I was driving through a rain soaked field last spring in 4WD HI and got into some pretty sloppy spots. As the 4Runner's tires began to spin and the back end fish tail just a hair the vehicles traction control and skid control systems activated and I thought I was going to get stuck. The traction control systems brought momentum to a crawl and no matter what I tried the systems kept beeping, buzzing, and vibrating the truck as they activated the anti lock brake system in an attempt to find traction, where there was none to be found. I needed to be able to spin the tires and build RPMs to dig out. I could have shifted in to 4 LO which could be risky if you need to keep momentum, or possibly hit the transfer case lock button on the dash, but this incident got me to thinking. Toyota should have provided a switch to turn these traction systems off when you wanted to.
There was a lot of debate on ways to defeat these systems floating around on the net. Wiring diagrams were reviewed and discussed and a simple solution found. There is a connector going to the brake master cylinder that controls these systems. Unplugging this connector turned all of the systems related to the anti- lock brake system off. This includes ABS, TRAC, and VSC. The lamps on the dash even illuminate noting they're disabled. Further inspection of this connector revealed a single wire that could be connected to a dash mounted switch giving the driver the ability to turn these systems off and on from the cab. The only side effect was that once the switch is turned back on the vehicle must be restarted for the systems to come back online. This too could be avoided with more complicated wiring, but I didn't feel it worth the effort and just restart the truck once I'm finished doing what I need to do with the systems disabled.
For this modification you'll need:
1 dash switch (I found some at Lowe's made
by GB Electric for $4 that match the factory switches)
2 18 gauge water proof butt connectors
2 4 foot pieces of 18ga wire, preferably different colors
1 piece 18-22 gauge heat shrink tubing
1 foot 3/8" corrugated wire loom
Dry transfer letters - I used Woodland Scenics brand Gothic R.R. font (optional)
Clear coat spray for plastic (optional) - I used Testors 1260 Flat Lacquer
Painter's Tape (optional)
220 Grit Sand Paper (optional)
Paint Prep (optional)
The connector that needs to be modified at the master cylinder is pointed out in the picture below. This is the master cylinder pressure sensor. This mod basically makes the ABS system think there's a malfunction, and the system is disabled. Simply remove some of the wire loom to expose the RED wire. There is a gray hard plastic cover over these wires that will also need to be trimmed back to expose this red wire. Be careful not to cut any wires when exposing them. Once you've got 6" or so of the red wire exposed, cut it and wire your switch in using the water proof butt connectors. Don't forget to put the heat shrink on before connecting the wires. Once they're all connected up, melt the heat shrink over the connections. It's important that this connection is secure and protected. Once your finished with the connections, run the switch wires through the large rubber grommet on the firewall into the cab. Cover your switch wires with the corrugated wire loom and tape it up with electrical tape for a factory installed appearance. Mount the switch in a blank dash port and you're done. Since this is an on/off switch it doesn't matter which pin you connect each wire to on the switch.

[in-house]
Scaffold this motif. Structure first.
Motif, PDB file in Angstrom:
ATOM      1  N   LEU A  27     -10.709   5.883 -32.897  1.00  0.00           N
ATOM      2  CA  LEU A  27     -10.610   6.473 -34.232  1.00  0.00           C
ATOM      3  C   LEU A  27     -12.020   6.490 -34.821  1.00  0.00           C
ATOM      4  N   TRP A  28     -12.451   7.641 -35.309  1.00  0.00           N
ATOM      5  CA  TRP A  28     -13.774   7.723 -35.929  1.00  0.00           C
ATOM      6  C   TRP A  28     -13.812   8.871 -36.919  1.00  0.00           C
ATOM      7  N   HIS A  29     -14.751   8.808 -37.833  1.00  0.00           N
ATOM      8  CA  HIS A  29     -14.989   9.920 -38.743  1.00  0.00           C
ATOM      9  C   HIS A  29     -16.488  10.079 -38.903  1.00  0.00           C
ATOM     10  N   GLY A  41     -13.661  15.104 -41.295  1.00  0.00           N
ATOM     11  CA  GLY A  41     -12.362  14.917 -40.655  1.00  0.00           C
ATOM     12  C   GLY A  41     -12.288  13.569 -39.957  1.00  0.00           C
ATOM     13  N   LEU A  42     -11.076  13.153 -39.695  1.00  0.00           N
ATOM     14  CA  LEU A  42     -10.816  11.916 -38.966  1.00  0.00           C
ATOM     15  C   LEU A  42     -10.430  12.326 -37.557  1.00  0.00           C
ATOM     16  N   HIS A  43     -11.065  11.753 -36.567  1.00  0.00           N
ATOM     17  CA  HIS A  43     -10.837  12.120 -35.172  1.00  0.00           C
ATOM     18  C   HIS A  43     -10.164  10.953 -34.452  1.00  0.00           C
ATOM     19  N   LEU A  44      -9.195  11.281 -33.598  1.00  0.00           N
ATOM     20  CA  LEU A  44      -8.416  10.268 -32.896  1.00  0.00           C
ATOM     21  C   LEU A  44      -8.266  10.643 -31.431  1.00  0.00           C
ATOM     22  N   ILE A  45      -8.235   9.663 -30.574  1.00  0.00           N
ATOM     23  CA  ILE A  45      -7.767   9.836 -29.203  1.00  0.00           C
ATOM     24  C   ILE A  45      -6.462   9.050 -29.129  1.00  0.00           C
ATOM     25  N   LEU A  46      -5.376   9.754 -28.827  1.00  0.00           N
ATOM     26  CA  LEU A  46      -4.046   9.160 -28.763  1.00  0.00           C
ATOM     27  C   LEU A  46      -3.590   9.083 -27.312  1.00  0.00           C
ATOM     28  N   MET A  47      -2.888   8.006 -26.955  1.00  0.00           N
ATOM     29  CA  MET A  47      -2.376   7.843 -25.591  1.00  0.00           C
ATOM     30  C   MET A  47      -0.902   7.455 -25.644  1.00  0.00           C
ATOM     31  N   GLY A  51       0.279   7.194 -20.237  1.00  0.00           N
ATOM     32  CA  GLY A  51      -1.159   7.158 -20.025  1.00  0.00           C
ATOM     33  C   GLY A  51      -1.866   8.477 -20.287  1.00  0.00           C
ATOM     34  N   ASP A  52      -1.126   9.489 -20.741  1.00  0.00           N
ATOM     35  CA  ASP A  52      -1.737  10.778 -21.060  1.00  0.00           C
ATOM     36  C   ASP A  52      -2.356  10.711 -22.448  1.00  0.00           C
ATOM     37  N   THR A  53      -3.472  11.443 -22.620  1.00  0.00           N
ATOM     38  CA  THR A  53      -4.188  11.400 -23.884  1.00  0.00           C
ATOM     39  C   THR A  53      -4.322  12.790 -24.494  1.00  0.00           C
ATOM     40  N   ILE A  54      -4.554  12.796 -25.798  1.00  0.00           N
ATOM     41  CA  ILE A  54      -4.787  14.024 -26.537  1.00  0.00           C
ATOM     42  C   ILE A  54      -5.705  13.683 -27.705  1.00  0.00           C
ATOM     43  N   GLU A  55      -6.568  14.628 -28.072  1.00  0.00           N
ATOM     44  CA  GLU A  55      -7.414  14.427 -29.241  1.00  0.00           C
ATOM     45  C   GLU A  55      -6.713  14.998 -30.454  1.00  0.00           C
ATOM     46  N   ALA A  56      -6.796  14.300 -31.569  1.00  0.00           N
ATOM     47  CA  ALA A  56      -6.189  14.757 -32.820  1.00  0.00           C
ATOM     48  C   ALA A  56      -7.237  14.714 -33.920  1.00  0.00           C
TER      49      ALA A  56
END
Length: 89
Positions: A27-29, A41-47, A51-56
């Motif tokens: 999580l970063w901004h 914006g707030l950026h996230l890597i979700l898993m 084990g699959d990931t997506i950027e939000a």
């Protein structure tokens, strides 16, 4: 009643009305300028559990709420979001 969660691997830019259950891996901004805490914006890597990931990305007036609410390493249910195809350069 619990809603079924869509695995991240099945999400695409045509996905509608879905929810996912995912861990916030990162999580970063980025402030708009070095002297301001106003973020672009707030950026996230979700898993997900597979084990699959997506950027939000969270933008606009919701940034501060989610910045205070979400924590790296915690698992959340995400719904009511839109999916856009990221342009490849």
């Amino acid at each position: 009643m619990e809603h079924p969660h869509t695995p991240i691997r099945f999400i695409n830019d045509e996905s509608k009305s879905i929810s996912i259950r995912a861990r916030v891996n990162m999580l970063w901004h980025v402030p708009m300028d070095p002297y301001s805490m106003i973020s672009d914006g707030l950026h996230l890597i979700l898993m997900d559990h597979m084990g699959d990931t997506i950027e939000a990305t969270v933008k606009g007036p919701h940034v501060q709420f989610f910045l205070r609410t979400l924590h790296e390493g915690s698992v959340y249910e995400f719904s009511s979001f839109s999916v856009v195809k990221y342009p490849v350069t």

You can see my corrugated covered switch wires running off the factory harness and going through the firewall in the picture above. Now when I flip the dash mounted switch my VSC OFF, VSC TRAC, and ABS lights illuminate letting me know my switch is working properly. I can now spin the tires at will. To turn the ABS, VSC, and TRAC systems back on, I shut the truck completely off, turn my dash mounted switch on to enable the systems, and restart the truck.
If you want to go an extra step and label the switch for a factory appearance, tape up the outer trim with some painter's tape and lightly sand the switch with some 220 grit sand paper to knock the sheen off. Once sanded, wipe the switch down with some paint prep. Next use a tooth pick and apply the appropriate dry transfer letters. These letters aren't the easiest things to apply to the switch as getting them even is quite a challenge so you may want to buy two packs of letters for some insurance. Once the letters are applied, spray 2-3 light coats of the clear lacquer on the switch. This will seal the letters and keep them from getting rubbed off with use. Be sure to use clear coat designed for plastic or it'll turn cloudy and peel. I learned that the hard way
After a couple of months with the dull cote on the switches, I noticed they'd show finger marks from use so I went back to the hobby shop and picked up some Testors 1959 semi gloss lacquer to spray on the switches which will make them easier to wipe down. I also found it was easier to take the switch apart and remove the rocker for painting.